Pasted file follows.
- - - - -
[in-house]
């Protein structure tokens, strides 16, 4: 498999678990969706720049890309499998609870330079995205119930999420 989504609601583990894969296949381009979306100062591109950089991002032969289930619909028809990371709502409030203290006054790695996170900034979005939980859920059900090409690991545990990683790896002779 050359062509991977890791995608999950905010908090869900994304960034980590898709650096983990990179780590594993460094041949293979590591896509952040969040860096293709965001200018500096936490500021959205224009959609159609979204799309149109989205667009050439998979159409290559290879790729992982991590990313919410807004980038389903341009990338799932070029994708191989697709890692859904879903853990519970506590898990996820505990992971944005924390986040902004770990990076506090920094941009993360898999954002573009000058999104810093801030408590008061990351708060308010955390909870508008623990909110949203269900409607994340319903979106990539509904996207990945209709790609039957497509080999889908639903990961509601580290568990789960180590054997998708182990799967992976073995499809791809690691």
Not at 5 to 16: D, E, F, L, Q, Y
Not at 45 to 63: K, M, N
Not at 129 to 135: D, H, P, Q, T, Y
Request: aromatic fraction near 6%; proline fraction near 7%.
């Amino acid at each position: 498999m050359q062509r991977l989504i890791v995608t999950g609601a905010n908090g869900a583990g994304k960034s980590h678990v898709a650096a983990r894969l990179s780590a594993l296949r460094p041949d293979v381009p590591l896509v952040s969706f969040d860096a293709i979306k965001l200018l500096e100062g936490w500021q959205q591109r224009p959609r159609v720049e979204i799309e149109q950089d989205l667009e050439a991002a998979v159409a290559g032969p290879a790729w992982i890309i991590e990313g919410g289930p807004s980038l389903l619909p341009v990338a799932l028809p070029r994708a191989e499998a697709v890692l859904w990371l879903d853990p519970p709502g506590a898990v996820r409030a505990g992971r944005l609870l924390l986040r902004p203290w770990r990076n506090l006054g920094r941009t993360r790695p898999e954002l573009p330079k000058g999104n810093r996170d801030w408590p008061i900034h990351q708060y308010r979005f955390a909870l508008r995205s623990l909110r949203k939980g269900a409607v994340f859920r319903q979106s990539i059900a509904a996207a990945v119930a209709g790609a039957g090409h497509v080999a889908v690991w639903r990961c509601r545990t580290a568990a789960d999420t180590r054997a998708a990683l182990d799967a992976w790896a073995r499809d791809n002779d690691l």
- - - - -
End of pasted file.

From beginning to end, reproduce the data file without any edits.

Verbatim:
[in-house]
């Protein structure tokens, strides 16, 4: 498999678990969706720049890309499998609870330079995205119930999420 989504609601583990894969296949381009979306100062591109950089991002032969289930619909028809990371709502409030203290006054790695996170900034979005939980859920059900090409690991545990990683790896002779 050359062509991977890791995608999950905010908090869900994304960034980590898709650096983990990179780590594993460094041949293979590591896509952040969040860096293709965001200018500096936490500021959205224009959609159609979204799309149109989205667009050439998979159409290559290879790729992982991590990313919410807004980038389903341009990338799932070029994708191989697709890692859904879903853990519970506590898990996820505990992971944005924390986040902004770990990076506090920094941009993360898999954002573009000058999104810093801030408590008061990351708060308010955390909870508008623990909110949203269900409607994340319903979106990539509904996207990945209709790609039957497509080999889908639903990961509601580290568990789960180590054997998708182990799967992976073995499809791809690691």
Not at 5 to 16: D, E, F, L, Q, Y
Not at 45 to 63: K, M, N
Not at 129 to 135: D, H, P, Q, T, Y
Request: aromatic fraction near 6%; proline fraction near 7%.
């Amino acid at each position: 498999m050359q062509r991977l989504i890791v995608t999950g609601a905010n908090g869900a583990g994304k960034s980590h678990v898709a650096a983990r894969l990179s780590a594993l296949r460094p041949d293979v381009p590591l896509v952040s969706f969040d860096a293709i979306k965001l200018l500096e100062g936490w500021q959205q591109r224009p959609r159609v720049e979204i799309e149109q950089d989205l667009e050439a991002a998979v159409a290559g032969p290879a790729w992982i890309i991590e990313g919410g289930p807004s980038l389903l619909p341009v990338a799932l028809p070029r994708a191989e499998a697709v890692l859904w990371l879903d853990p519970p709502g506590a898990v996820r409030a505990g992971r944005l609870l924390l986040r902004p203290w770990r990076n506090l006054g920094r941009t993360r790695p898999e954002l573009p330079k000058g999104n810093r996170d801030w408590p008061i900034h990351q708060y308010r979005f955390a909870l508008r995205s623990l909110r949203k939980g269900a409607v994340f859920r319903q979106s990539i059900a509904a996207a990945v119930a209709g790609a039957g090409h497509v080999a889908v690991w639903r990961c509601r545990t580290a568990a789960d999420t180590r054997a998708a990683l182990d799967a992976w790896a073995r499809d791809n002779d690691l």